Last summer, after nationwide protests erupted in the wake of George Floyd’s death, a group of University of Texas at Austin athletes posted an open letter on social media. They vowed not to participate in recruiting or fundraising events until the university had done more to reckon with its racist history. The school agreed to several of their requests, including changing the names of multiple buildings on campus, erecting a statue at Darrell K Royal–Texas Memorial Stadium of the first Black football letterman, and renaming the football field in honor of former running backs Earl Campbell and Ricky Williams.

The final item in the athletes’ letter, however, proved particularly controversial. Writing about the school’s alma mater, the athletes had pressed for “the replacement of ‘The Eyes of Texas’ with a song without racial undertones.” Many have objected to its debut at a turn-of-the-twentieth-century minstrel show and the legend that the song’s title and refrain had roots in a favored phrase of Confederate general Robert E. Lee.

“The Eyes of Texas,” though, wasn’t going anywhere. The song has been an integral part of the lives of UT alumni for generations. It is performed at weddings, funerals, and birthday parties, and, of course, by as many as 100,000 fans at Longhorn football games. Astronaut Alan Bean famously had the lyrics printed on a piece of silk so that he could take them on his 1969 trip to the moon.

In July, UT president Jay Hartzell, who began his tenure as interim president in April 2020 and received the job officially last September, wrote in an email, “‘The Eyes of Texas’ should not only unite us, but hold all of us accountable to our institution’s core values. But we first must own the history.” Over the following months, the song would continue to be performed at football games, the players would be asked to stand for it, and the controversy would only escalate.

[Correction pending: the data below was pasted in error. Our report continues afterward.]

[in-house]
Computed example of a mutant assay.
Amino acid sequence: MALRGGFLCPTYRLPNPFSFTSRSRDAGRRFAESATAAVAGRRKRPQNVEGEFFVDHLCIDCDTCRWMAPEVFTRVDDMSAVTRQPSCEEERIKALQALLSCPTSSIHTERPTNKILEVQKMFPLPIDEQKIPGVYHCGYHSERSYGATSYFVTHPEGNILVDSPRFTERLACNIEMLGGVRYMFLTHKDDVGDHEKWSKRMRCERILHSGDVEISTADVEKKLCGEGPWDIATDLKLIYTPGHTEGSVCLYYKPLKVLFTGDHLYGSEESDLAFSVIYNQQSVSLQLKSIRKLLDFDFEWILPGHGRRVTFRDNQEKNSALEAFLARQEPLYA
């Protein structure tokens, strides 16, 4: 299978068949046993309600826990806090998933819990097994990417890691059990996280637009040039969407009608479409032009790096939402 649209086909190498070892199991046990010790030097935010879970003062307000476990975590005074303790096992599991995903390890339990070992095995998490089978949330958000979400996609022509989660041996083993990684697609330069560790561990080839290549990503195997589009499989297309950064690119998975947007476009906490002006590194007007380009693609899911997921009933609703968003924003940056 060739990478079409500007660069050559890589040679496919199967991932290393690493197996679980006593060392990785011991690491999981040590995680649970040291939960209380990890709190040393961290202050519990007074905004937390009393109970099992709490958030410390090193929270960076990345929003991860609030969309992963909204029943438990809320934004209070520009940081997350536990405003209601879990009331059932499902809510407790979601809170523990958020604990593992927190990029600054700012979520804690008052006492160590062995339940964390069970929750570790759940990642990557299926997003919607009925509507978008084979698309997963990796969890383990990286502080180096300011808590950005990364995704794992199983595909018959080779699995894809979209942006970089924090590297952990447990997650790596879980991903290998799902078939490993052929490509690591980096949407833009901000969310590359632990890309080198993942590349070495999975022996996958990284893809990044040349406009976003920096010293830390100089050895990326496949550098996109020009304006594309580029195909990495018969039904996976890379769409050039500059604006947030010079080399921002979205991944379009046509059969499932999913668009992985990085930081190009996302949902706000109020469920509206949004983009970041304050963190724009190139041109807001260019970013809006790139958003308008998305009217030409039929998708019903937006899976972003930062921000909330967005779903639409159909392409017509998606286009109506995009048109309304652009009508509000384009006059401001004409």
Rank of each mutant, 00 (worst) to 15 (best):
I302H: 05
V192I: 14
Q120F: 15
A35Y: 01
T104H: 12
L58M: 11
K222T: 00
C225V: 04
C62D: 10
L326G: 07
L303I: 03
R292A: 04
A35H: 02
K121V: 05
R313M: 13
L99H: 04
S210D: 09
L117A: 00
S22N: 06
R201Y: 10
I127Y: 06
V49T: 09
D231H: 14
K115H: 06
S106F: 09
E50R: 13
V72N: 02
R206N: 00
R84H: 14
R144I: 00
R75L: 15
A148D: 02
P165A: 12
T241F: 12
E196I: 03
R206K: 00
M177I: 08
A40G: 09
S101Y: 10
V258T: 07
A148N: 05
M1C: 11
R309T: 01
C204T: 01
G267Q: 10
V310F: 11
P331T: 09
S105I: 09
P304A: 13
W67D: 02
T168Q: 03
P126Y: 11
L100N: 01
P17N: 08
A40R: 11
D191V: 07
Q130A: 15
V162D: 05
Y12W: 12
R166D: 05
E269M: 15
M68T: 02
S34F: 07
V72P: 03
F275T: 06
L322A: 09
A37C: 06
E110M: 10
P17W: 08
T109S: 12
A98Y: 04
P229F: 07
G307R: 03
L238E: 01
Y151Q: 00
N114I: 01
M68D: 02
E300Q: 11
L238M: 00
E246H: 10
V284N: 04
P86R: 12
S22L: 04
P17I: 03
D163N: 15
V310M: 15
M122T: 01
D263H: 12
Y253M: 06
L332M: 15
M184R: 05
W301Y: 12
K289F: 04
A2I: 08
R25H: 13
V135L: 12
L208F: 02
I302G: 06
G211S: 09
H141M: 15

In November, Hartzell announced a 24-person committee tasked with examining the history of “The Eyes.” The committee includes former athletes, current students, historians, and alumni, and is chaired by Richard Reddick, who is the associate dean for equity, community engagement, and outreach in the UT College of Education.

On Tuesday morning, the university will release the work of “The Eyes of Texas” commission. The report will be roughly fifty pages long and will feature videos and extensive footnotes. Texas Monthly has learned of the report’s major findings. Most notably: the panel failed to uncover any “racist intent” in the lyrics, nor could it find any historical connection between the lyrics and anything said or written by Lee, as had previously been believed (though it did find connections to a different Confederate general).

The song’s lyrics were written in 1902 by then-student John L. Sinclair. The most controversial phrase—“The eyes of Texas are upon you”—was inspired by William Prather, who served as UT’s president from 1900 until his death in 1905. It has long been reported that Prather, who graduated from Washington and Lee University, borrowed the phrase from his college president, Robert E. Lee, who had landed at the school after the Civil War. (As of Sunday afternoon, the University of Texas’s online biography of Prather still says that Lee reportedly often told students, “Young men, the eyes of the South are upon you.”)